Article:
In the 1990s, the Bridge to Nowhere became the icon of governmental boondoggling. But now, that proposed $223 million bridge to connect remote Ketchikan, Alaska (population: 8,050) to remoter Gravina Island (pop. 50, maybe) — has serious new competition.
In an old limestone mine in Boyers, Pennsylvania, 230 feet underground, the federal government has stashed its most amazing living monument to paperwork, where some 600 people process the retirement papers of the government’s own workers — by hand, and on paper!
In those vast, somewhat spooky caverns, the U.S. Office of Personnel Management assembles, reviews and files away the roughly 100,000 annual requests from federal employees for their retirement benefits.
File by file, line by line, the cases wind their way through a process that often takes months to complete — on average, at least 61 days. By comparison, Florida’s retirement system takes 47 days, the California teachers’ retirement system takes 23; Texas takes only two.
But at least it hasn’t slowed down; it’s the same amount of time it took in 1977, according to a federal audit. Each average file processed costs $108, total spending on the retirement system has reached $55.8 million.
The reason it’s in an old mine rather than an office building in Washington is simply a matter of space. They just couldn’t find an office building or warehouse big enough to contain the mountains of paper.
It’s not that digitalization hasn’t reached this remote cavern of big government. It has, but it hasn’t helped. Within the government, at least those who knew the mine wasn’t a figment of Washington mythology have long lamented the situation — but have not been able to correct it.
During the past 30 years, administrations have spent more than $100 million trying to automate the old-fashioned process in the mine, but technology has been beaten back time and again by the daunting complexity of federal retirement rules.
The center’s workers must verify and pencil in the answers to an exhausting list of questions that will determine the final pension payment: What were the retiree’s three years of highest salary? Was the retiree a firefighter? A military veteran? A cafeteria worker at the U.S. Capitol? What about part-time service?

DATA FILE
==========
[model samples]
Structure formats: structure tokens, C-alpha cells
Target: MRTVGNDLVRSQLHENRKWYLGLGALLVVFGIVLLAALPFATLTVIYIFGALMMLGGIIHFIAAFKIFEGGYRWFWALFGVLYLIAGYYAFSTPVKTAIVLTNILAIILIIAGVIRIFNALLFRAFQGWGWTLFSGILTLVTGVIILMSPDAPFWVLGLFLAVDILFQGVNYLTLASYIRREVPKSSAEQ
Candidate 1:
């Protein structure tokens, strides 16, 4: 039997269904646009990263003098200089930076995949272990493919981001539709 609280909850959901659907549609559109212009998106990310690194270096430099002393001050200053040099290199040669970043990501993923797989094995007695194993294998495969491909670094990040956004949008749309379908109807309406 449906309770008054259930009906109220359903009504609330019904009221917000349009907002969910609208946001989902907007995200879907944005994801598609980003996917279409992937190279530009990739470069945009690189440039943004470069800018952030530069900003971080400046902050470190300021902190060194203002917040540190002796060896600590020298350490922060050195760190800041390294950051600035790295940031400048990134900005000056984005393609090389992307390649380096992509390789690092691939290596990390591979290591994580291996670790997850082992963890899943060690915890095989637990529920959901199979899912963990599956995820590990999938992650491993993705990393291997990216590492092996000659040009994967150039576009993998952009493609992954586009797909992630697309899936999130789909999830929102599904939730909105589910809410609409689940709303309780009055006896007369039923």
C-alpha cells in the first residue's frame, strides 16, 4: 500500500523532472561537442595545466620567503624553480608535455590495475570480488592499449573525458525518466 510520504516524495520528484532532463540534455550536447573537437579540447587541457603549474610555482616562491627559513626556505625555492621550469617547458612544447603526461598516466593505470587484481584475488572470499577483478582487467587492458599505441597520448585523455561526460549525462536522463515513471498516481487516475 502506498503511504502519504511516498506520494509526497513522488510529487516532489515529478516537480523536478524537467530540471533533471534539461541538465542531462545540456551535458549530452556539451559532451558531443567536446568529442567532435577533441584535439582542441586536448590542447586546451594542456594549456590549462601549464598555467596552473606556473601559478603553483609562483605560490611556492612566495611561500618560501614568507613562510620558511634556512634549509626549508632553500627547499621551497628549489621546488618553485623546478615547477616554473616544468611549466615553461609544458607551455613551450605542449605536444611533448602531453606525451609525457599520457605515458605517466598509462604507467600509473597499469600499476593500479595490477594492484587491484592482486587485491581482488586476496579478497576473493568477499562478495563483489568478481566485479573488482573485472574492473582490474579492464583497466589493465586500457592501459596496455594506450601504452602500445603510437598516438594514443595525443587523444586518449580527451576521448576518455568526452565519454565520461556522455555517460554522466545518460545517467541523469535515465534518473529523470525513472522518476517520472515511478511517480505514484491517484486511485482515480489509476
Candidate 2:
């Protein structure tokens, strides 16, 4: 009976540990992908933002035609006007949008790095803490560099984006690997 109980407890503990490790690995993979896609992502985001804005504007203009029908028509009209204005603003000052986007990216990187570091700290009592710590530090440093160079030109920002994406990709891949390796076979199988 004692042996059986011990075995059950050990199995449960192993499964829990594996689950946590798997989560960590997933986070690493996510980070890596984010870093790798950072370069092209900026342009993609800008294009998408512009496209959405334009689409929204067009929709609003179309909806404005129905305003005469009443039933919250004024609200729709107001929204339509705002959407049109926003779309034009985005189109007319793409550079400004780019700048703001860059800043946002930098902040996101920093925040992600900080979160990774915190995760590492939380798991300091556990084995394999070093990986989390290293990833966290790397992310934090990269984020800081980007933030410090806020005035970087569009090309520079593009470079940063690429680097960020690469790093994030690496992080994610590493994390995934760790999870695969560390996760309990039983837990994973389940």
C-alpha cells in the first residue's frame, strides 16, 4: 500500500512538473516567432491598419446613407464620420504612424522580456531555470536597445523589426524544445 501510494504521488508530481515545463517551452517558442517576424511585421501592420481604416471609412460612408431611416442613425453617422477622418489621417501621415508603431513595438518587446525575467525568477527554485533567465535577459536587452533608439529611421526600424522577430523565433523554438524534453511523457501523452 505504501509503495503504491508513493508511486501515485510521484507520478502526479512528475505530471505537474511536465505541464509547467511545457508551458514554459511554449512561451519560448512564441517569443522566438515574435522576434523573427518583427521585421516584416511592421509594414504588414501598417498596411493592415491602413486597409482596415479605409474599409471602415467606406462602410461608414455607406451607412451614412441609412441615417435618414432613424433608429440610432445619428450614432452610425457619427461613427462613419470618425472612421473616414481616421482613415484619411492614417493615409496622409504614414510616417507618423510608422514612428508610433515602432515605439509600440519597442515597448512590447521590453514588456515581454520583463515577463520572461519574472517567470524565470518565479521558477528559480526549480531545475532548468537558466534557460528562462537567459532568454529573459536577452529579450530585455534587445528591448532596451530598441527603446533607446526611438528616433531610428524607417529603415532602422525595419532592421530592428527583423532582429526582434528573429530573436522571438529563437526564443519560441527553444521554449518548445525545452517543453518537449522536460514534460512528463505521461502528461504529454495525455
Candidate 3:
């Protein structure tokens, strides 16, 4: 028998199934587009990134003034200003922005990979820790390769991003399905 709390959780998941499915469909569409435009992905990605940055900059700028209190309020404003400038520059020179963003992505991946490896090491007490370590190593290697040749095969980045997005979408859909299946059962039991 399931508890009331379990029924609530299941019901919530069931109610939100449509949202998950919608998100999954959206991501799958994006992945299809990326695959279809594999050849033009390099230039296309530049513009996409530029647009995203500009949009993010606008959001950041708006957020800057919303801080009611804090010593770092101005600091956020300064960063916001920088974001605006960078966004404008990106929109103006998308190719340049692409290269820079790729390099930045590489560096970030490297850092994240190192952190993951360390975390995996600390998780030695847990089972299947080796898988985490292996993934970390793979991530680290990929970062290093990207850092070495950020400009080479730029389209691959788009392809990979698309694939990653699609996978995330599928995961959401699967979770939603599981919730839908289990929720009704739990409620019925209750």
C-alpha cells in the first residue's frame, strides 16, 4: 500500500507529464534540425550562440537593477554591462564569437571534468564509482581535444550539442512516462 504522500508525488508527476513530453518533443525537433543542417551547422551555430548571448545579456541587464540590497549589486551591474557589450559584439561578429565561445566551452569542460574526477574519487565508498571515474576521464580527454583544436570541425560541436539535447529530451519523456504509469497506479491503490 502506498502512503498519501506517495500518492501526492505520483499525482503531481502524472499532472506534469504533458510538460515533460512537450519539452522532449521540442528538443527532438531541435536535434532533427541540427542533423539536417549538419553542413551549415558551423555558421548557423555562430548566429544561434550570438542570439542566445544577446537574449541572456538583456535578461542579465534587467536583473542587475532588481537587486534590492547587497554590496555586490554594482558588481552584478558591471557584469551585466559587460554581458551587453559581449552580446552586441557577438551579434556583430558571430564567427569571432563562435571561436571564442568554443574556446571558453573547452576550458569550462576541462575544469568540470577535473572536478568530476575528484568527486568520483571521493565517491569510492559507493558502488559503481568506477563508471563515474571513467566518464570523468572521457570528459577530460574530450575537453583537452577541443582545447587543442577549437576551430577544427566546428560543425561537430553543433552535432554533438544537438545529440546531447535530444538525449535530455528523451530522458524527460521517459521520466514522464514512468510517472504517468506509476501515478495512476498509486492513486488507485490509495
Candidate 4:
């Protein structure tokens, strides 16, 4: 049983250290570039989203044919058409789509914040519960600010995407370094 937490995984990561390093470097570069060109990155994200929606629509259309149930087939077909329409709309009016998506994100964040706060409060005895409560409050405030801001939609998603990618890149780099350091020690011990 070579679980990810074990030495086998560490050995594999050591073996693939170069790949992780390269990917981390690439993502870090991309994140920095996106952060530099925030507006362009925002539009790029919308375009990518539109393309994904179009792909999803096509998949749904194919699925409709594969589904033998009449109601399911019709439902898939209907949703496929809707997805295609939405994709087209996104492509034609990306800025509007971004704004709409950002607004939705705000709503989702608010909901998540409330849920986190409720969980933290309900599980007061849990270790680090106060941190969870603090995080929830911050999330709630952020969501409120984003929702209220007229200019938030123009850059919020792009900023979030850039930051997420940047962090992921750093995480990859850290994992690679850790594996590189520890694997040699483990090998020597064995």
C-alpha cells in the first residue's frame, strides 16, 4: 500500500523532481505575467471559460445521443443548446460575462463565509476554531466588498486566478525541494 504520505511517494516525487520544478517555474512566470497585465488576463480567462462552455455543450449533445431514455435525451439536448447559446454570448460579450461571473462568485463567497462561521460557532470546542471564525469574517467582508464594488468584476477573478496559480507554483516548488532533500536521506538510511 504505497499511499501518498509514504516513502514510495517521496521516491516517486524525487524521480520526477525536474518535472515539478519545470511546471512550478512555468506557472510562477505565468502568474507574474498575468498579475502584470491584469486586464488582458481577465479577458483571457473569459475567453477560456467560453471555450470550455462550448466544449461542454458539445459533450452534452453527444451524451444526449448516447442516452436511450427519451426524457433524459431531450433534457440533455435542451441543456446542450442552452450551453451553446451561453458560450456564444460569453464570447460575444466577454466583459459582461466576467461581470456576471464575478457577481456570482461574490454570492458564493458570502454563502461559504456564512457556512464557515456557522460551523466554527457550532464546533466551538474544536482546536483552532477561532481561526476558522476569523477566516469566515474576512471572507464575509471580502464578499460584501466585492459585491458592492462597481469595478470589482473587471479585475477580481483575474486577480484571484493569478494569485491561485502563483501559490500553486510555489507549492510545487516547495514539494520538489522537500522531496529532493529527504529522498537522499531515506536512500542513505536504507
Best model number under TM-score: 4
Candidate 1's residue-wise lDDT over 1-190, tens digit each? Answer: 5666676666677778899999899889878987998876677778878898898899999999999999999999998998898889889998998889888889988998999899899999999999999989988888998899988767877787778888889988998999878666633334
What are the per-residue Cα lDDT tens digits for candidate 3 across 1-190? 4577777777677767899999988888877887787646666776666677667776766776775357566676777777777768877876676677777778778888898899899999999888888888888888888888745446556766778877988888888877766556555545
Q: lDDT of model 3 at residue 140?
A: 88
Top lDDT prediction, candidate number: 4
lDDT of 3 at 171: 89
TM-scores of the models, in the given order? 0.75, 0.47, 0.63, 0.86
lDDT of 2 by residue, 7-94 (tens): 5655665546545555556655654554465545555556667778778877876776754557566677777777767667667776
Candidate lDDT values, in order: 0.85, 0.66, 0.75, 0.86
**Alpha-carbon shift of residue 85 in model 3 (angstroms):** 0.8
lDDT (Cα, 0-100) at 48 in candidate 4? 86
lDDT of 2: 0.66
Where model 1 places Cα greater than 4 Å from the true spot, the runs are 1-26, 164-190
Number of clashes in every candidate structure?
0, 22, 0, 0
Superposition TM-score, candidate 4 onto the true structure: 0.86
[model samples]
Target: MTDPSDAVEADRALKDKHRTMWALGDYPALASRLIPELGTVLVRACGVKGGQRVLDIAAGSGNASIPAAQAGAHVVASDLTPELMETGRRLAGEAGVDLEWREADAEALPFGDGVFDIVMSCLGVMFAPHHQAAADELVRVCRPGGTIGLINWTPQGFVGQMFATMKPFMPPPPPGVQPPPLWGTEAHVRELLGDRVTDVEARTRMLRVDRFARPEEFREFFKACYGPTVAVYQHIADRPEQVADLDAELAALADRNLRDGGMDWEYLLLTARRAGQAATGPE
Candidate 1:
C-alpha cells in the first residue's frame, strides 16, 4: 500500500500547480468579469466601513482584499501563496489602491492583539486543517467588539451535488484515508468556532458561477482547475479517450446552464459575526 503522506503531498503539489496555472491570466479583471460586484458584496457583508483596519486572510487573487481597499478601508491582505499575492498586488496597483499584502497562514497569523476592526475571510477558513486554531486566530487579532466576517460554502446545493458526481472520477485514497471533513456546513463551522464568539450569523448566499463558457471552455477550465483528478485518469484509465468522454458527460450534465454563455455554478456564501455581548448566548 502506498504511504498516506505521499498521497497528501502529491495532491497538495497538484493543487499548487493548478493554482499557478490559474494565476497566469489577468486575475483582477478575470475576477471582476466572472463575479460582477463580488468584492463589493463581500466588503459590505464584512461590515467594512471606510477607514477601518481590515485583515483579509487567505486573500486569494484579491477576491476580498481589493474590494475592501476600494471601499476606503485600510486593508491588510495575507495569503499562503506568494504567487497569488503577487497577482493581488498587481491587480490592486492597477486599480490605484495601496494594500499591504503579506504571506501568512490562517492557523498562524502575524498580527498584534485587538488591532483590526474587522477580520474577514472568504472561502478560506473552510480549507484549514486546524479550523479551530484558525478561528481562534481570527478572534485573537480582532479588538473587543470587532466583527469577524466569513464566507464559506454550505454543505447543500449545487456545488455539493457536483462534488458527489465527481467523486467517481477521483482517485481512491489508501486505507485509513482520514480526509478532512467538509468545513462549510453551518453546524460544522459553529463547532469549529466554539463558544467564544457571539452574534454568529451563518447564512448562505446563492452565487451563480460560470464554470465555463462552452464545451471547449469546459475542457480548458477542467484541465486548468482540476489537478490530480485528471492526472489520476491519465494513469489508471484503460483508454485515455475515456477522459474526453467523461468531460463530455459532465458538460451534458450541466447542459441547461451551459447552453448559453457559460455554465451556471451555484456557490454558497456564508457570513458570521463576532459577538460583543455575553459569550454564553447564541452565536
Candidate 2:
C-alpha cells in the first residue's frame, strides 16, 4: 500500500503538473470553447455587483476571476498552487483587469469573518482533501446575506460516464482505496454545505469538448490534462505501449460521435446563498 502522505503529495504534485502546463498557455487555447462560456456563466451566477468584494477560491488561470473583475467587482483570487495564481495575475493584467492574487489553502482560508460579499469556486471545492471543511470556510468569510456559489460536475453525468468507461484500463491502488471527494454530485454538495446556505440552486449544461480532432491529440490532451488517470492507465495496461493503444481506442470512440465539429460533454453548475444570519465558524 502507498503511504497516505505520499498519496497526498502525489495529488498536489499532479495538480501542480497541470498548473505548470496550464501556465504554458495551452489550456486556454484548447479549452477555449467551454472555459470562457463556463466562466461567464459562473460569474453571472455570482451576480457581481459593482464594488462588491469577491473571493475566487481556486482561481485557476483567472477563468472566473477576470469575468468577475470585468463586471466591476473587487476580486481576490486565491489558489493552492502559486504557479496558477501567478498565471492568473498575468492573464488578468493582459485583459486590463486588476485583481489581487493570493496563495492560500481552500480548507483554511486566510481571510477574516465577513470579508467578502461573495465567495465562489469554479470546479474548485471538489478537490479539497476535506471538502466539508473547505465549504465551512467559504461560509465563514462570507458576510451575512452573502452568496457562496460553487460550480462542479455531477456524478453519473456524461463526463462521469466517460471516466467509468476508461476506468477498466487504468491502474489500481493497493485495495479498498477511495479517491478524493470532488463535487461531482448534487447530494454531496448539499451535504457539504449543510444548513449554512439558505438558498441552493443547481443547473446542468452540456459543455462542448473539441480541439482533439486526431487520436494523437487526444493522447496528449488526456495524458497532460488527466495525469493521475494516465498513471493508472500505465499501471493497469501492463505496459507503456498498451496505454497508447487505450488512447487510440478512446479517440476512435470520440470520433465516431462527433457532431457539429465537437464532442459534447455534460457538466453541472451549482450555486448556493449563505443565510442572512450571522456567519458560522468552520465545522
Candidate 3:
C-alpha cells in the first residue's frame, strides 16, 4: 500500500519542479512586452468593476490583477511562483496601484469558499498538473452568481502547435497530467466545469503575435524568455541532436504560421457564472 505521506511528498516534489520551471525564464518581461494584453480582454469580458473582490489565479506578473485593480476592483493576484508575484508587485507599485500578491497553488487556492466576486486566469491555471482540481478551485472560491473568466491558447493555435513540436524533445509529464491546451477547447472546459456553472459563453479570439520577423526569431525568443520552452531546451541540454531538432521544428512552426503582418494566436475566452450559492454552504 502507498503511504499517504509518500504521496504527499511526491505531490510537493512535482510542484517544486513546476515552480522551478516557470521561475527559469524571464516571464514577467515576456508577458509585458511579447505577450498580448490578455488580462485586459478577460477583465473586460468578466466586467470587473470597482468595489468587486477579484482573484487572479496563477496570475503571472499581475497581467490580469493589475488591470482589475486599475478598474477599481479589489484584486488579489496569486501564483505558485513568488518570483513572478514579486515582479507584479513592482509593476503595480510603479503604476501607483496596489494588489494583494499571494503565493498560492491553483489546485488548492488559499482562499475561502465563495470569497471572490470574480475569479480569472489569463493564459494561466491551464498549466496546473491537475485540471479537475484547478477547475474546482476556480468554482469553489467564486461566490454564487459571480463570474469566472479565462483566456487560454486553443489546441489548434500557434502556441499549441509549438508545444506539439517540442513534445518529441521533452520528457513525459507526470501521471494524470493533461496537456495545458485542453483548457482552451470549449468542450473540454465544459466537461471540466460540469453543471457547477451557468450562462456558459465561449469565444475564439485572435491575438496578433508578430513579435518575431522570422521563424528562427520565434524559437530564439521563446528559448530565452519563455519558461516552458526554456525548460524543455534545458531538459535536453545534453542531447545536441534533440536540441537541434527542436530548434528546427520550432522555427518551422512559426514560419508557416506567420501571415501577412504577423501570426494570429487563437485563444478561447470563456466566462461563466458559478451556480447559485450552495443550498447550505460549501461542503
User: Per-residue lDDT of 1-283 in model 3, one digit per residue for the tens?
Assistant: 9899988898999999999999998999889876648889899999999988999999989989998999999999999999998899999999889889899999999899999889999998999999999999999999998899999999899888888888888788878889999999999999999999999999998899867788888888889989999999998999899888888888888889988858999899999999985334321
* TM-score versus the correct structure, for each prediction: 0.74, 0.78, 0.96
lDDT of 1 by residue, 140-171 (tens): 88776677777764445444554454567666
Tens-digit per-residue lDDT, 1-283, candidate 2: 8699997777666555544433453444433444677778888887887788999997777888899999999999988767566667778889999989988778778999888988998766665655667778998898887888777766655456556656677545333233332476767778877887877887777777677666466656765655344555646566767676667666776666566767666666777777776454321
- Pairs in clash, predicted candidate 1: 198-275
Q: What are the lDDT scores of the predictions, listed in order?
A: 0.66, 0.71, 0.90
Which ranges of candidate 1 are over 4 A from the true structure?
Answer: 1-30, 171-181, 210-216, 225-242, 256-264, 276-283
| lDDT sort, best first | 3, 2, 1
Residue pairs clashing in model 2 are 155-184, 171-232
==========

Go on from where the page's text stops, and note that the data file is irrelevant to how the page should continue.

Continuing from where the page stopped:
To be sure, the Office of Personnel Management is not alone in its failure to take advantage of the much-touted speed and efficiency of computerized recordkeeping. A recent study found that only 5 percent of large federal IT projects in the last decade fully succeeded. Of the rest, 41 percent wouldn’t boot at all.
But it’s not because there hasn’t been a will; it just seems there hasn’t been a way. Federal officials acquired technology they weren’t fully competent to operate, or they didn’t test what they were getting until it was too late (see Obamacare), or the labyrinth of government regulations proved insuperable. In many instances, giving up on mastering or fixing the technology, officials threw in the towel and resorted to the tried-and-true expedient of hiring more people to speed up the flow of paper.
As the Washington Post’s exposé of this outmoded system swiftly becomes public knowledge (thanks to electronic media), we expect demands from outraged senators and congressmen for an urgent probe of runaway federal bureaucracy.
They can hardly resist. Although less picturesque than the proposed bridge, the mine could nevertheless capture the imagination of critics of the federal bureaucracy like nothing else in the contiguous 48 states. It’s easy to picture a magnificent structure leading to a remote frozen location; yet there is also something captivating about a journey deep underground that reveals the relics of federal bureaucracy.
And whereas the Bridge to Nowhere never went anywhere — as Alaskan politicians who initially supported it took a quick exit turn once the media got hold of it — this egregious expenditure of taxpayers’ money already exists. It’s a tangible object for the scorn of the foes of big government.
But that’s the knee-jerk reaction. We wonder if a different reaction might not be appropriate. Instead of condemning it as an intolerable waste of taxpayers’ money, why not look on the bright side?
The Obama administration has struggled for over five years with discouraging unemployment rates. Here is an achievement in job creation: The staff working in the mine has increased by at least 200 people in the past five years. The same could be done elsewhere in the government (though not necessarily underground).
In any case, there is a moral to the story, as well. Computerization has turned out not to be the quick fix for all that ails. Indeed, it causes many ailments of its own, both material and spiritual.